Time itself is fun because there’s no way to wrap one’s mind around it without some of what you need to think about squeezing out the sides. It’s big and it’s abstract, and even the base concepts of time and space like Einstein’s General Theory of Relativity are mind-bending enough for the smartest of us to get permanently lost.
I absolutely loved creating a time-and-universe theory which was internally consistent, science-adjacent if not science-accurate, and which avoided most of the basic paradox traps that plague time-fiction.
Once I’d done that, there’s no doubt that the hardest part of the process was making the rules of the universe clear enough to be understood by the reader without boring everybody to death. When Jason, my agent, and I began refining the draft I sent him there was a forty-page section which we just called “the info dump” and it took us, working together, nearly two months to figure out how to simplify the rules and explain them without it being terrible.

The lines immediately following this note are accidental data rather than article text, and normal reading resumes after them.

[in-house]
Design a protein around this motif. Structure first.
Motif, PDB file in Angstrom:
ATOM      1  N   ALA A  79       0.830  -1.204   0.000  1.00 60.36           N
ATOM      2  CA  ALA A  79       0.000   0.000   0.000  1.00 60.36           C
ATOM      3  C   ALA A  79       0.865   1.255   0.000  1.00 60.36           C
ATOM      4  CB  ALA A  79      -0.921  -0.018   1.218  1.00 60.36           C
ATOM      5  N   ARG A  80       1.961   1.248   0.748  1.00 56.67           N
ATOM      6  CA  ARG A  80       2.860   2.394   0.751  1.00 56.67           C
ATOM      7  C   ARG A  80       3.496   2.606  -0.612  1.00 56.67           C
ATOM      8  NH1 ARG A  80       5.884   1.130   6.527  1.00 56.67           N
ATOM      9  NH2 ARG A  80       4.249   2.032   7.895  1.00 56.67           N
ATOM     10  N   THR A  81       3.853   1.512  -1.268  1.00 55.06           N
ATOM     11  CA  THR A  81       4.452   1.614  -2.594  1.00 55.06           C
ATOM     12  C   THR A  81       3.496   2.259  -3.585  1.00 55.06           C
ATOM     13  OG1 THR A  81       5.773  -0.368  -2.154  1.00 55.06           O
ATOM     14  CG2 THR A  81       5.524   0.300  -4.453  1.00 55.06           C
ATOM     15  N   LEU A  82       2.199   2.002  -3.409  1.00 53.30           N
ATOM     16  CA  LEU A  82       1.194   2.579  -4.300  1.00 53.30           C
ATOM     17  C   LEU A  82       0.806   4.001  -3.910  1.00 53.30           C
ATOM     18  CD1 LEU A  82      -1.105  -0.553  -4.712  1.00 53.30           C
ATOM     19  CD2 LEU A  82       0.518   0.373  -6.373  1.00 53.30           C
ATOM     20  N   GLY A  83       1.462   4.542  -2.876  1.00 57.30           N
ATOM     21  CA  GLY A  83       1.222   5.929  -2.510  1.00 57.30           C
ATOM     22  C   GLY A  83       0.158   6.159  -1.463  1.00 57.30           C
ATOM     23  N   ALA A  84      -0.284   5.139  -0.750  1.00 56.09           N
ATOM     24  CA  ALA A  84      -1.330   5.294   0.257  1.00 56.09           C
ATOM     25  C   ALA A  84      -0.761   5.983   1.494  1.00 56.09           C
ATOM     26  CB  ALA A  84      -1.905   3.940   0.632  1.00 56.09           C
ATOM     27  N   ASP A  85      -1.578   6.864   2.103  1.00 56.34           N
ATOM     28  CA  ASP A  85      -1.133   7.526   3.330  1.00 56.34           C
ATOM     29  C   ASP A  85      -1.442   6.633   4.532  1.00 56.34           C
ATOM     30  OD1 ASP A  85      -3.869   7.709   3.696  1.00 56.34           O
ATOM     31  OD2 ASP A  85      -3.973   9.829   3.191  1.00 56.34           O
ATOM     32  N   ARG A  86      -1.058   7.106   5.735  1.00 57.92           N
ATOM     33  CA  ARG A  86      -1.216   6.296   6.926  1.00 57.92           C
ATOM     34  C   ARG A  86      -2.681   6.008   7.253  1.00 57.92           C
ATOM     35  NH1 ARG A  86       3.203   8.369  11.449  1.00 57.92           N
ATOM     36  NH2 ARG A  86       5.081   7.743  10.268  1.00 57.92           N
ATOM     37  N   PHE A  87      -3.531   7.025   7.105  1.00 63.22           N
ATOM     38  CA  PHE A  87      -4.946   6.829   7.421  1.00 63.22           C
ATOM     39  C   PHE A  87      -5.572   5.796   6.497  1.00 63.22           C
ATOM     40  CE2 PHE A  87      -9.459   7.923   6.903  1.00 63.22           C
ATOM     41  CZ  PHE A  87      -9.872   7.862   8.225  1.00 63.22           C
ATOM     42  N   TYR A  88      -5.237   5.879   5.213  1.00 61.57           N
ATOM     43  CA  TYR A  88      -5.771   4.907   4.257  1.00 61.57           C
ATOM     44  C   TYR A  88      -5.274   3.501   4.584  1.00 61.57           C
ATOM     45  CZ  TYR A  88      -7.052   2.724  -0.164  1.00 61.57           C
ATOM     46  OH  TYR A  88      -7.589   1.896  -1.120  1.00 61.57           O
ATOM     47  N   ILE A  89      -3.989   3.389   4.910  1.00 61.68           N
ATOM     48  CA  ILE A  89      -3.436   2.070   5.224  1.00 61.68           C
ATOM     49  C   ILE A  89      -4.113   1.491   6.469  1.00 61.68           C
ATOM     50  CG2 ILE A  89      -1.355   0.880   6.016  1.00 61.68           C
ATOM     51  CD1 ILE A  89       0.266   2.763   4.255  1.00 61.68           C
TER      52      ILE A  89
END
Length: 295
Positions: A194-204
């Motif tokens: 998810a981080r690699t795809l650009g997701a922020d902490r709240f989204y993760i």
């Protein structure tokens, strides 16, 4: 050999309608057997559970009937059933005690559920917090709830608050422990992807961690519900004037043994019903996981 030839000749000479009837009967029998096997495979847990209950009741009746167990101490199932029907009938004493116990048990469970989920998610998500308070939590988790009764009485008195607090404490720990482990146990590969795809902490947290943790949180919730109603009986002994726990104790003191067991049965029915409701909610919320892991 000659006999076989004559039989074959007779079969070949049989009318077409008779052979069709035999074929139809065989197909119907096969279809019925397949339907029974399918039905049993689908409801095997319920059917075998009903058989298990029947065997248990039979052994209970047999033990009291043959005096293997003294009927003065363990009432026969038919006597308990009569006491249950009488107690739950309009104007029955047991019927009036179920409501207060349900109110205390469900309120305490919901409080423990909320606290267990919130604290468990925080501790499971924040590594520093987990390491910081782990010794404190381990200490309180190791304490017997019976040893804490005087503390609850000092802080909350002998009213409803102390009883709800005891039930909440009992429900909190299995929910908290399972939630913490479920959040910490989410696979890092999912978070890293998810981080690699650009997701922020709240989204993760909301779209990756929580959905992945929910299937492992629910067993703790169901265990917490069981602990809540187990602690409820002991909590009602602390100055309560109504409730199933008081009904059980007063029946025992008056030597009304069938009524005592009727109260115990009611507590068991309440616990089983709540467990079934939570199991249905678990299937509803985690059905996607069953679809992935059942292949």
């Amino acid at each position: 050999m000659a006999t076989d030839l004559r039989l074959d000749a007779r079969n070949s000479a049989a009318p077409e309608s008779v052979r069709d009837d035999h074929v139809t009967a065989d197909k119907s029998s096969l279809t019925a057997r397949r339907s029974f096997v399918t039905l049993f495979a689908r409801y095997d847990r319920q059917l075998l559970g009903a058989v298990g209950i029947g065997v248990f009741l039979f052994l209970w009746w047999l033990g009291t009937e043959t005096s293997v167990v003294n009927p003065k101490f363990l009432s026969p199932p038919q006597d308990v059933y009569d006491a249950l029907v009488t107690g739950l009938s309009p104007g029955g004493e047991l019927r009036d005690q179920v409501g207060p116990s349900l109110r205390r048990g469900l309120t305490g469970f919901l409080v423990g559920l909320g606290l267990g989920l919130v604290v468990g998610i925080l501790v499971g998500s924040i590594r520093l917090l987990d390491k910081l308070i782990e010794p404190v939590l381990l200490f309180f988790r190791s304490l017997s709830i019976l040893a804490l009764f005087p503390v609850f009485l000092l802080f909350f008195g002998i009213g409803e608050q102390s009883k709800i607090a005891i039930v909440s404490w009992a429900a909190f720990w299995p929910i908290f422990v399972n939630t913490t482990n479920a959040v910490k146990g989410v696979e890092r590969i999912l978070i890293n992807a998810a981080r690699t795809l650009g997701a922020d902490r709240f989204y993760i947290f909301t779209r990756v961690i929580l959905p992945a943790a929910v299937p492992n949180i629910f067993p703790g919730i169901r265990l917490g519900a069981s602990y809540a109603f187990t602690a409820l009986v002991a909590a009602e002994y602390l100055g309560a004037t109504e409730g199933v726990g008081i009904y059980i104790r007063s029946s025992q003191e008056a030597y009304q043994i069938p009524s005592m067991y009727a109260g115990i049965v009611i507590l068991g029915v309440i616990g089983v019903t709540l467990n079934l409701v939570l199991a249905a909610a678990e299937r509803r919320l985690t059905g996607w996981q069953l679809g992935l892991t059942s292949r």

If you could spend a day with a character from Strange Days, who would it be and why?
This question was hard for me because there’re elements of each character which I absolutely love. I suspect I’d have the most to say to Calvin or Paul, but that I would probably enjoy Cassandra’s humor more than the others. If there were trouble brewing, I’d want Corina with me, though, and I feel like I could learn the most from Jordan, just like Alex did.
Alex would be hard for me to spend time with because he’s too much like me and that would make me uncomfortable.
What is the strangest thing you Googled while writing Strange Days?
One of the things I really like about writing reality-plus is that I don’t have to spend very much time on Google while I’m writing. I know the locations, the people, the roads, the restaurants – all of it – because I live there. Mostly what I end up Googling is things like travel times because even though it’s science fiction, I want the small things to be believable.